A tall blond American soldier who was a petulant coward and, as a voice-over near the start of the movie says has made a career of running away is a tough sell. John Ericson plays the part very well (so well that it probably hurt his career). In the title role, Pier Angeli was lovely and very sympathetic. Steiger’s part as a psychiatrist was small (parts for Robert Wagner and Lee Marvin were smaller still). Ralph Meeker made a strong impression as the more seasoned soldier who tries to help Philip (Ericson), and Bill Mauldin (who was also a technical advisor) registered as the one riding the green pretty boy.


In good 1950s Freudian fashion his neuroses are blamed on his mother, though the love of a good woman—a furrener (Pier Angeli in the title role) has some chance of getting him away from his failure of a father (Richard Bishop) and undermining and smothering Mama (Patricia Collinge). (The family prefigured “Rebel Without a Cause,” whose lead had a publicized romance with Angeli. Both screenplays were written by Stewart Stern. Nicholas Ray seems to have copied the first Steiger-Ericson scene in “Rebel” with James Dean and a policeman. And while on intertextualities, Zinnemann cast Angelli again in “Someone Up There Likes Me” and was pained to watch Hollywood destroy her.)

The location shooting (in northern Italy, Rome, and Bellevue) of William J. Miller is a major plus. (Zinnemann started as a cameraman and the painterly visual compositions must owe more than a little to him). The wedding and reunion scenes are very impressive. The jagged, jazzy score by Louis Applebaum is also notable.

The whole (the movie) is less than the sum of many excellent parts, partly for structural reasons, partly for having such a failure (and one so devoid of self-knowledge) as its protagonist. It was very overshadowed by Zinemman’s multiple award-winning 1953 “From Here to Eternity” (which is mostly set before the attack on Pearl Harbor).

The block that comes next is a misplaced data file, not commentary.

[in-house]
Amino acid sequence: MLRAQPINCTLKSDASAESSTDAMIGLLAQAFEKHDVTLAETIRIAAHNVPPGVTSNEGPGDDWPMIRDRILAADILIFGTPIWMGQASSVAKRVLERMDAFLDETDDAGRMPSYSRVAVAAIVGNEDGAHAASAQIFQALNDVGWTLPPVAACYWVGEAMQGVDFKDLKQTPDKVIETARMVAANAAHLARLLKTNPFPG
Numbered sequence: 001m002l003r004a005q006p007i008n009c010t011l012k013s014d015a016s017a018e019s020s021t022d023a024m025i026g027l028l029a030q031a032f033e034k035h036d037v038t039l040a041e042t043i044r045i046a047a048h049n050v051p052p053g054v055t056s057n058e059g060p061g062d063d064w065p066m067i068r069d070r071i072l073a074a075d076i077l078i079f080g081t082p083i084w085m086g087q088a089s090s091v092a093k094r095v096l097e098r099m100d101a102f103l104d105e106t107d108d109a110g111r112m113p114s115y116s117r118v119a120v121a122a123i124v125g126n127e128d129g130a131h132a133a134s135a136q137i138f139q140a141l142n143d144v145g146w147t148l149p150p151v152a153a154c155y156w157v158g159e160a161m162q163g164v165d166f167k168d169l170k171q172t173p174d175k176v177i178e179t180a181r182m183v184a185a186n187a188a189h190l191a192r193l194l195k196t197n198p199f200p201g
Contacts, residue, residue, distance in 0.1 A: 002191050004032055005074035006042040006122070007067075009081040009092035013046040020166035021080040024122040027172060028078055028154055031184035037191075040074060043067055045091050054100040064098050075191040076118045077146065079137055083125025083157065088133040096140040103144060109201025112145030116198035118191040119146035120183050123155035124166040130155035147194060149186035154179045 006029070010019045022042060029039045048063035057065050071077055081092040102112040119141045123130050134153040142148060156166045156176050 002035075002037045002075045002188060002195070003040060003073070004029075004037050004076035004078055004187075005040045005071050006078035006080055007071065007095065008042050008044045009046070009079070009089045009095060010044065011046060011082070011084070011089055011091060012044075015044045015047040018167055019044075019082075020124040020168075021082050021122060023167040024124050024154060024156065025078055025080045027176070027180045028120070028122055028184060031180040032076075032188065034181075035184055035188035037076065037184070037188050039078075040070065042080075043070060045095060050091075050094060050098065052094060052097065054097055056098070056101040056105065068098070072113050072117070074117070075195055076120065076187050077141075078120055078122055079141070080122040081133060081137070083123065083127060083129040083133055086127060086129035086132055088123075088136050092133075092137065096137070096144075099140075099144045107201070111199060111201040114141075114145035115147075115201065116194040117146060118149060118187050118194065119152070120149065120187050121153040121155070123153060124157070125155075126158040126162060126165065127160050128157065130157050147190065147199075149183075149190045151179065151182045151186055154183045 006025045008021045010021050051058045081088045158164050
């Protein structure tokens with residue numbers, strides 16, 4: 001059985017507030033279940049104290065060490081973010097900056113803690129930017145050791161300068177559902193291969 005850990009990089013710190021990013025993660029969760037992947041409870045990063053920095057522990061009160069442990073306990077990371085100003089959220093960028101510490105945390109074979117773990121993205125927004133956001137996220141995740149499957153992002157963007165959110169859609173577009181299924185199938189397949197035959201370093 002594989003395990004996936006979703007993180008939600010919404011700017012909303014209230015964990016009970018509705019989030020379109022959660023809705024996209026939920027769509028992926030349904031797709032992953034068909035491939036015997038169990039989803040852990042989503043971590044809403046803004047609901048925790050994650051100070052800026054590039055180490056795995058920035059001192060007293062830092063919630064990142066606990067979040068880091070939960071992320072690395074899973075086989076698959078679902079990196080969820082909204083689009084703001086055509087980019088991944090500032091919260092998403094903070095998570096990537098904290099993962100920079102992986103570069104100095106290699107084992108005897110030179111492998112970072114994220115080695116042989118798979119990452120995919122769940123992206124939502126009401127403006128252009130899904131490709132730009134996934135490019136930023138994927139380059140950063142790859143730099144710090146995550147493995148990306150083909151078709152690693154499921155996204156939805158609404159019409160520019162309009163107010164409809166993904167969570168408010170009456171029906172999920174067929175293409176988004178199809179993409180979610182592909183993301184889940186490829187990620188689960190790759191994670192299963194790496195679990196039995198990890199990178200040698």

©2018, Stephen O. Murray


A muted thriller from Fred Zinnemann

Like Joseph L. Manckewicz, Fred Zinnemann was a director of films of more-than-ordinary intelligence with fine performances, who has been neglected by auteur theorists. Though neither had a consistent visual style, each met the auteur criterion of having a recognizable theme or set of themes. They also versatile writer-director Billy Wilder was also ignored by the French auteur theorists and their American epigoni like Andrew Sarris. (Sarris eventually acknowledged having been wrong about Wilder).


The 1964 Columbia movie “Behold a Pale Horse,” based on a novel by Emeric Pressburger (who had been half ot the Archers with Michael Powell through the astonishingly dull “Ill-Met by Moonlight”) is IMHO too long (121 minutes), but strikingly photographed by Jean Badal      (best known for lensing Jacques Tati’s “Playtime”) with an exceptionally good soundtrack written by Maurice Jarre, between the ones with indelible themes he wrote for “Lawrence of Arabia” and for “Doctor Zhivago” (rhough my favorite was later, the one for the 1982 “The Year of Living Dangerously”).

One could see the movie as reuniting Omar Sharif and Anthony Quinn from “Lawrence of Arabia,” though perhaps more apt is to see it as reuniting Gregory Peck and Anthony Quinn from “The Guns of Navarrone” (in which their characters intensely disliked each other). “Behold a Pale Horse” is a sort of muted thriller, but far more character-driven than Zinnemann’s “The Day of the Jackal” (1973). In this it prefigured “Julia” (1977), Zinnemann’s last hit (I’m curious about his last movie, “Five Days One Summer” (1982)).